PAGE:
Ashley Inkumsah:    Mm-hmm (affirmative). Yes. And I want to circle back a little bit because we talked a lot about your cultural identities, but I want to discuss more about how it was like for you growing up with a disability and what were some of your experiences and what support systems did you have? So if you could share that with us, that would be great.

Nikki Brown-Booker:    Sure. So I come from a really big family, I’m the youngest of eight kids. Yeah. And both my parents are also come from big families. So my mom is the oldest of nine kids. And I think my dad was the second youngest of eight kids. So, I grew up in a really big family…I have six brothers and one sister. So I really think that it really shaped my experiences as a person with a disability. One, I know for a lot of people with disabilities, their families tend to be really over-protective of them. I think my family was kind of a little bit of the opposite. They’re always like…Brothers were like, you can do anything that you want to do, just go and do it. And always really supportive.

    As a young child [inaudible 00:24:20] was part in special ed. I was in a special classroom until I was mainstreamed into a regular classroom. And I feel like as a young child with my particular disability… I have rheumatoid arthritis so a juvenile form. I spent a lot of time in hospitals, a lot of time, doing things like physical therapy and I’ve had many, many surgeries as a kid. So I think that really shaped my understanding of what disability really means. But I think coming from a big family that was really supportive of who I am and really went a long way. I mean, I felt like my mother and grandmother were really strong women and they had to take care of a lot of kids. They have a lot of responsibilities and were really, really hard workers.

    My parents owned restaurants when I was growing up. My father was a chef. And if you’ve ever worked in the restaurant business there, you have to be extremely hard workers. And so I really feel like part of my work ethic came from my family and my parents in particular. And also my parents really supported me in going after whatever I wanted and what I believed in. And so that was something that I grew up with. And my dad was in a union. My mom was a domestic worker, so I really… And those are issues that are really important to me. So, I feel like that really had an influence on my love and desire for social justice.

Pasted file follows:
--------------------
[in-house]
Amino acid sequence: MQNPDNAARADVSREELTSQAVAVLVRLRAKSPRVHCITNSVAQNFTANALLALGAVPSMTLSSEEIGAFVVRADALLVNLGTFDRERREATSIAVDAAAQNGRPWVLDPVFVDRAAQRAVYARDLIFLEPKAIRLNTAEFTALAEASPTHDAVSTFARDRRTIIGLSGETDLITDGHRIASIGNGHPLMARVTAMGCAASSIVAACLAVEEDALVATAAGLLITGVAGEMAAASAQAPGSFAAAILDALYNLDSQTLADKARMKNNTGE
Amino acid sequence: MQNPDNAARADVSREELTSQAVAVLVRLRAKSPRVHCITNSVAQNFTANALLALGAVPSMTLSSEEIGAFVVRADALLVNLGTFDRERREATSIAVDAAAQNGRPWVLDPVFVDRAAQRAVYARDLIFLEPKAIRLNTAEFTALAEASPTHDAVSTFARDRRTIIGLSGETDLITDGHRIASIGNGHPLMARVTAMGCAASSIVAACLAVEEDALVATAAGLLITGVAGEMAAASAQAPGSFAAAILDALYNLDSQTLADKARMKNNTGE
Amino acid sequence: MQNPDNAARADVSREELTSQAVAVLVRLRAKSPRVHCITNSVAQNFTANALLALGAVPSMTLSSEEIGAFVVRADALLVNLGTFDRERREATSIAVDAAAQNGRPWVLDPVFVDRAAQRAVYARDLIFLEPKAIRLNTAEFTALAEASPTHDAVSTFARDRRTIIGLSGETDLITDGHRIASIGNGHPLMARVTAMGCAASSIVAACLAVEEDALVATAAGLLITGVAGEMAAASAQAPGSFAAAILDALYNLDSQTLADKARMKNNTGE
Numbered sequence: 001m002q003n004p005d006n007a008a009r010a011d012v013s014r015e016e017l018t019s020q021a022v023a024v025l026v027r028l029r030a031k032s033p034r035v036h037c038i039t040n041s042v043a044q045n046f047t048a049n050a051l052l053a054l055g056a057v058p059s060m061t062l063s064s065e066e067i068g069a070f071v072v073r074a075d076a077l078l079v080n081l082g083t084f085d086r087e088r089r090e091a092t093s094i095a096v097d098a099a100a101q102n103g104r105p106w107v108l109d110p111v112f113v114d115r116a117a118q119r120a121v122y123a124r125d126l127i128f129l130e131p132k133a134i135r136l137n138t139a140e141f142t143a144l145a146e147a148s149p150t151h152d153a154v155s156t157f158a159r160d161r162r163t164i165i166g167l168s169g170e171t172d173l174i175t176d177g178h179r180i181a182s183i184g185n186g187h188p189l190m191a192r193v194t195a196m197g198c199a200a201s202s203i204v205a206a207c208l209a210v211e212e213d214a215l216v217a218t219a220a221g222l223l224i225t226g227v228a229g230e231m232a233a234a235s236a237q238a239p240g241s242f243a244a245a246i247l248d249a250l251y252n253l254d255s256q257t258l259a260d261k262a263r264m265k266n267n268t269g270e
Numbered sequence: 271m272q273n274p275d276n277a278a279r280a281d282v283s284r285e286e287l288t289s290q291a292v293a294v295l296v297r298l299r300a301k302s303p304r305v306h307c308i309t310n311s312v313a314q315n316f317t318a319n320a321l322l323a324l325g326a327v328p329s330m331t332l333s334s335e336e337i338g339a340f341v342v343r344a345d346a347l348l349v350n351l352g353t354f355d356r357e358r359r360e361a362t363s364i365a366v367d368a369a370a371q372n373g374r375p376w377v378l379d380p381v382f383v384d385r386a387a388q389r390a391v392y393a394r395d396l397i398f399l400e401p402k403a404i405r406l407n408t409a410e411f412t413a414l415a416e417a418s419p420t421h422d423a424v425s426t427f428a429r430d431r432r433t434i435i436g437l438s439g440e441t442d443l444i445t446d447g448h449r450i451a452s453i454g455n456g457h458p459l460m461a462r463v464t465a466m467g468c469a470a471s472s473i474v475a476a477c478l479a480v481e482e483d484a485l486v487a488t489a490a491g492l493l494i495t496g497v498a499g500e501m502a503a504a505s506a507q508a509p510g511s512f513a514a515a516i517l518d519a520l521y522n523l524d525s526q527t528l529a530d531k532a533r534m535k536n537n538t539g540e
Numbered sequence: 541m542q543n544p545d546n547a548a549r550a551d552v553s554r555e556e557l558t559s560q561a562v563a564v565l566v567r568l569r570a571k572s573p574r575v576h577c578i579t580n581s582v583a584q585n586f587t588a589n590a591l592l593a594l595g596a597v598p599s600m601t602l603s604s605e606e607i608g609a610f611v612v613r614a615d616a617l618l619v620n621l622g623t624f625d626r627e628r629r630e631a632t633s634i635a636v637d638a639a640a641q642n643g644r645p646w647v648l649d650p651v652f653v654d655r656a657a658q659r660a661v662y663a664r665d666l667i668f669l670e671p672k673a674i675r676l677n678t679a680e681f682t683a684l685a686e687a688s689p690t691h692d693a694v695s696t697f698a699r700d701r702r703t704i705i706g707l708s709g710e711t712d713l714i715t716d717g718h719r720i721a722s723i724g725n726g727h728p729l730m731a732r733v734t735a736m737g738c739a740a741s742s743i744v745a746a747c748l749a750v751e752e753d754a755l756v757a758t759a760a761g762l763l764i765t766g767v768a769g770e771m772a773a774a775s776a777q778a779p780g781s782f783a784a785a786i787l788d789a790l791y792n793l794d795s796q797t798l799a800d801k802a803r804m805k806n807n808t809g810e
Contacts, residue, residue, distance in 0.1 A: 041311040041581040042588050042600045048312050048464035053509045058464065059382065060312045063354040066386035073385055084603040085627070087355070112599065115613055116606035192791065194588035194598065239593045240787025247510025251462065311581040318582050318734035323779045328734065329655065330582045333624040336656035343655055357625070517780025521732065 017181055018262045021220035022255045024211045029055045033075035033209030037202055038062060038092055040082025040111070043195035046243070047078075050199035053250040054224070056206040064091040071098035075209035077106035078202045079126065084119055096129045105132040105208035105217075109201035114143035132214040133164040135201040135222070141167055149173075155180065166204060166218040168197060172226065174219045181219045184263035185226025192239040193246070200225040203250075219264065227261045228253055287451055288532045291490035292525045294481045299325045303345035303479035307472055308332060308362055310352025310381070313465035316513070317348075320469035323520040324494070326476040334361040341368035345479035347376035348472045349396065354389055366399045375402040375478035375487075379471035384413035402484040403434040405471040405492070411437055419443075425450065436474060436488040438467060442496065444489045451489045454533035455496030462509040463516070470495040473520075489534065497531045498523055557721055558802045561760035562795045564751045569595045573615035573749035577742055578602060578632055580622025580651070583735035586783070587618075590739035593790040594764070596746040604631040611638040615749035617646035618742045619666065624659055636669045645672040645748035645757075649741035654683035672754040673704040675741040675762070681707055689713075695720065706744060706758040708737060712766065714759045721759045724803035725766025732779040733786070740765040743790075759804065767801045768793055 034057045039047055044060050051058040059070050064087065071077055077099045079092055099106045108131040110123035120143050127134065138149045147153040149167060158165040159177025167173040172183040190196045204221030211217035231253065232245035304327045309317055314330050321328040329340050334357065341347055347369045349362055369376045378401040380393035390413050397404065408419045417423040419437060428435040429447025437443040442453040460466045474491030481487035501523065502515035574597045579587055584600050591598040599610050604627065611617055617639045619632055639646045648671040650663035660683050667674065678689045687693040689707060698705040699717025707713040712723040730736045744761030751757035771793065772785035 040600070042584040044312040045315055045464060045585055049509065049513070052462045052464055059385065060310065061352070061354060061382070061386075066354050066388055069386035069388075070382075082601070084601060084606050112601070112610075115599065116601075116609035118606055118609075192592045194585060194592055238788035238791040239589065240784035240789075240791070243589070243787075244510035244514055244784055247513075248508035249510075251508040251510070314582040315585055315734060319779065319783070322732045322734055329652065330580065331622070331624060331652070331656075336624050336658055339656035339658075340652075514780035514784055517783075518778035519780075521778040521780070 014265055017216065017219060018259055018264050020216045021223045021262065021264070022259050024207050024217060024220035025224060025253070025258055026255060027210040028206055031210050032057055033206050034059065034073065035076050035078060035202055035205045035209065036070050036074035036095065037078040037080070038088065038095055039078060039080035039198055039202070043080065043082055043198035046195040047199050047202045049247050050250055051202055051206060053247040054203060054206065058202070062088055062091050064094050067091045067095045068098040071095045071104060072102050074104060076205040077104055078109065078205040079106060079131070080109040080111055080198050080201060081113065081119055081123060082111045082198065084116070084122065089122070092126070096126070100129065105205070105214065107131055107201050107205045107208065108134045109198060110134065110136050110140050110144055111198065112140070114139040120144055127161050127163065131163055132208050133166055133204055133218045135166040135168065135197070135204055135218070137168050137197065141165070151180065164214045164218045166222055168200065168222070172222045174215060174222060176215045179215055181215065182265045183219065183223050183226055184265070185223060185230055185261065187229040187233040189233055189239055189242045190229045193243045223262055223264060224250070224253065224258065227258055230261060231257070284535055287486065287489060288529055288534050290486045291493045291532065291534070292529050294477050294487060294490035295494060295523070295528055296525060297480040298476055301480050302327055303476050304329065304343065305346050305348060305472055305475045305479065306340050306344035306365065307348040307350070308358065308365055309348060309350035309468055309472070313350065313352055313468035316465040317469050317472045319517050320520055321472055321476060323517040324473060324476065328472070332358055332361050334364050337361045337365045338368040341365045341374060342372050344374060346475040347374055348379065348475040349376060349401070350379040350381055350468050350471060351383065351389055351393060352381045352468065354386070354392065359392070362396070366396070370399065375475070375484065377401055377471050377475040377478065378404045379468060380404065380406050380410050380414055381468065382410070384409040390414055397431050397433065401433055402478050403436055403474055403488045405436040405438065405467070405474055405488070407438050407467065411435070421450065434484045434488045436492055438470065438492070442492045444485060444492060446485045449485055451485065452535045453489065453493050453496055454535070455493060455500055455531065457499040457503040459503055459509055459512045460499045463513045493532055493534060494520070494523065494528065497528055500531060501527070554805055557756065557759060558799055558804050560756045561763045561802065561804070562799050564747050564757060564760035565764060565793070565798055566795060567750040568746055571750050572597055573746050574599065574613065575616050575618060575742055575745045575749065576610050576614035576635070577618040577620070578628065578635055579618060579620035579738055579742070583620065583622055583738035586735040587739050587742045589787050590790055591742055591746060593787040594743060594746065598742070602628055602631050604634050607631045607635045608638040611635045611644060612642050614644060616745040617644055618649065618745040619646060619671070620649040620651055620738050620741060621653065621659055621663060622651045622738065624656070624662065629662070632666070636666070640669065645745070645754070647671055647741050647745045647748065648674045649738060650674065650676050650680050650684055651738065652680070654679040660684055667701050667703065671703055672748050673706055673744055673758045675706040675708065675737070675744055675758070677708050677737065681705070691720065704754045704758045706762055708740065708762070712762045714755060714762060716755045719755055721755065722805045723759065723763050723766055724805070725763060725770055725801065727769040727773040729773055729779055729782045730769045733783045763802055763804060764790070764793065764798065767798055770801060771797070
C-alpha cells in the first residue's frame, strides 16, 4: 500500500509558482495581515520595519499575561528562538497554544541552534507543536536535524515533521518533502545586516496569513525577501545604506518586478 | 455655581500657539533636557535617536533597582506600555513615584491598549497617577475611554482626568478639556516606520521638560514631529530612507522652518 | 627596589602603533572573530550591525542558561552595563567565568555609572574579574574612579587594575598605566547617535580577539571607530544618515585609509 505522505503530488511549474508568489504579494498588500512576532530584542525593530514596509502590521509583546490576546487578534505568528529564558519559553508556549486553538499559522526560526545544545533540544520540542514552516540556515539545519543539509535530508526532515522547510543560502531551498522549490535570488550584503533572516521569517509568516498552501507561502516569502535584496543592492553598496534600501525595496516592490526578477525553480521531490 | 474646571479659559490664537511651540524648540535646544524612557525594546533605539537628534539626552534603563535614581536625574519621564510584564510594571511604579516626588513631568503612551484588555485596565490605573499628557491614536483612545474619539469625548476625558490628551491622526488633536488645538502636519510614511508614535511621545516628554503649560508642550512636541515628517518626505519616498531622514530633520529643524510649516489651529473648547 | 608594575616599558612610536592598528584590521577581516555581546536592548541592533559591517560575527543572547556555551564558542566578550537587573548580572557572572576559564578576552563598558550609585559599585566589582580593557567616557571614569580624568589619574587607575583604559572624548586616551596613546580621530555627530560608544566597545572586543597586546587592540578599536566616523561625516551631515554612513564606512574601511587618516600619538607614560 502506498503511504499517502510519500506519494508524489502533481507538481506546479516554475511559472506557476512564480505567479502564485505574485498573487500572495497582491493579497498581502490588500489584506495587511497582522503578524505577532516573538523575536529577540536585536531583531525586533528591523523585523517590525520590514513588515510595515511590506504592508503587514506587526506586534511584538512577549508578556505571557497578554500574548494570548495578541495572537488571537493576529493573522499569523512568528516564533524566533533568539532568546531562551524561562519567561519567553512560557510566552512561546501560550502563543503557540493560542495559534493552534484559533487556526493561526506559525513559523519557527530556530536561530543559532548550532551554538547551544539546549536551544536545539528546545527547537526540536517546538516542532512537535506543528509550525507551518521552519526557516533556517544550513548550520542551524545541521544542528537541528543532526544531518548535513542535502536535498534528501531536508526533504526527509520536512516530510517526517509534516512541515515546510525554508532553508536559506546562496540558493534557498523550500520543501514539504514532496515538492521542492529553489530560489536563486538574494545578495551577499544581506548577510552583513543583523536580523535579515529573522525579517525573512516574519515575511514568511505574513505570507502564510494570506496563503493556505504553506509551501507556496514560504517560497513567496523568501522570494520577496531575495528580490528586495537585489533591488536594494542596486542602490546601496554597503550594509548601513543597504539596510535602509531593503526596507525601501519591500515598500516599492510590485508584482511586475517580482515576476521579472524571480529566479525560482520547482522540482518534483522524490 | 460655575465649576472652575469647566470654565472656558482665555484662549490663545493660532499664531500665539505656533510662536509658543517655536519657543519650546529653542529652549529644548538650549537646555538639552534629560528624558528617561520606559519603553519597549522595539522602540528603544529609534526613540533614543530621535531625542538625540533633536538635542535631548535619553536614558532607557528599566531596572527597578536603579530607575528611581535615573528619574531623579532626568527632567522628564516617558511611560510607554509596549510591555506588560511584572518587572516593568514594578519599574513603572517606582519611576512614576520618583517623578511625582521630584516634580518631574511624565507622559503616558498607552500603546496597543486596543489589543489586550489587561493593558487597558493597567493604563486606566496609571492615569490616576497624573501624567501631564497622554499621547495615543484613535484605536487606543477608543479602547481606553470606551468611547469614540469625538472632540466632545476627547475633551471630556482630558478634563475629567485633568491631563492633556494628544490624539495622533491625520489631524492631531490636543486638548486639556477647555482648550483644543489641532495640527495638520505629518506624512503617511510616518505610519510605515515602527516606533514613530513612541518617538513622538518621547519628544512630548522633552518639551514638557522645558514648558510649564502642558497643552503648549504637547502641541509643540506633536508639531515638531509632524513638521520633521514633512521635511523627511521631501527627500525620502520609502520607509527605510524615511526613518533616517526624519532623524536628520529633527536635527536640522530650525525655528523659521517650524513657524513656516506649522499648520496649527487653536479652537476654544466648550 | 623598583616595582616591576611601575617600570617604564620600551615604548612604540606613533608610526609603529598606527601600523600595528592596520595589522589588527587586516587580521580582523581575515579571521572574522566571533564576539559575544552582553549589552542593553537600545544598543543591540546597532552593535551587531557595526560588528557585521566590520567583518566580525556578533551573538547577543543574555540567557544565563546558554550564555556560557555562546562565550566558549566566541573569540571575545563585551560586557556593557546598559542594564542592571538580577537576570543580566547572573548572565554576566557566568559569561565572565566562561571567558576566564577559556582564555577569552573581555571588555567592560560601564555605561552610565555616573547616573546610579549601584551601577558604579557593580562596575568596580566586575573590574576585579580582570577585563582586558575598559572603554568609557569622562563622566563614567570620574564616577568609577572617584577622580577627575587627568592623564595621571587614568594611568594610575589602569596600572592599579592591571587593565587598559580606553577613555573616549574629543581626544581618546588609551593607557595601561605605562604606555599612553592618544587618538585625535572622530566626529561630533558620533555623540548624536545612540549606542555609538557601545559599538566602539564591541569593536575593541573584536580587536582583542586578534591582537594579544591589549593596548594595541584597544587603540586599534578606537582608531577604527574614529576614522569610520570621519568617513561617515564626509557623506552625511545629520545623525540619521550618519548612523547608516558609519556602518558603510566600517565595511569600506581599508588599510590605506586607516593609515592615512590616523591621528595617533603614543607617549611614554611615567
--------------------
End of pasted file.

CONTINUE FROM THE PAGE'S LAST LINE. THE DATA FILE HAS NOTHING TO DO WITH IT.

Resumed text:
Ashley Inkumsah:    Mm-hmm (affirmative). That is wonderful that you had such an amazing support system. That’s amazing. And based on your own experiences, what advice would you offer to other people with disabilities who come from multiply marginalized backgrounds? What would you say to them?

Nikki Brown-Booker:    I would say to them don’t let people push you around. Don’t choose who you are in any particular day or time. Be who you are, be proud of who you are, and really stand up to that type of marginalization. And everybody has different skills, different challenges, different things that they’re good at. Find what you’re good at. Find the thing that you love and figure out how your disability or your ethnicity really enhances those things and use those things in your life as opposed to trying to fight against them.

Ashley Inkumsah:    Mm-hmm (affirmative). That’s exactly what you’re doing. And it’s amazing. It really is marvelous for sure. Where can our audience keep up with the Disability Inclusion Fund work that you’re doing at Borealis? Where can they find more information?

Nikki Brown-Booker:    I think you can find information on the Borealis website and sign up to be on the mailing list for the Disability Inclusion Fund, which you can do on the website also. We’re doing lots of exciting things. We have our Request For Proposal out right now. We’ll be doing more grant-making next year. And I think one thing that I’m really excited about for us in the future, is we’re going to be doing a lot of capacity building for, not only for our grantees, but also just like thinking about things that the community needs and providing some more capacity building around those types of topics.

Ashley Inkumsah:    That is fantastic. Well, it was so wonderful speaking with you. Is there anything that I haven’t asked you that you would want to tell to our audience?

Nikki Brown-Booker:    I don’t know. I can’t think of anything. I mean, I guess my last thing I would say is one of the things for me that’s been really important that I’ve learned as a person with a disability and a person of color is that people are always going to try and knock you down or not even knock you down, but just make you feel like you’re less than. And just remember that you’re not. That you have as every right to be part of the world and society as anyone else and you make your presence known.

Ashley Inkumsah:    That is absolutely awesome advice. Well, thank you once again for joining me. I had so much fun having this conversation with you today.

Nikki Brown-Booker:    Thank you!

Ashley Inkumsah:    It was so great to have this conversation about racism and ableism with someone who exists within several multiply marginalized identities. Her self-assuredness, and willingness to proudly claim all of her identities and tear down the systems of racism and ableism is the absolute embodiment of disability justice. Now, as always, you can find ASL interpretations and transcripts for this episode and all of our past episodes at http://www.wid.org/whats-up-WID. And if you enjoyed today’s episode, don’t forget to share it. Now, thank you so, so much for listening to, watching or reading today’s episode. And in our famous last words here on What’s Up WID, to paraphrase one of our founders Ed Roberts, we need to get out there and change the old attitudes so we can build for better. Thank you so much. And I’ll talk to you next time.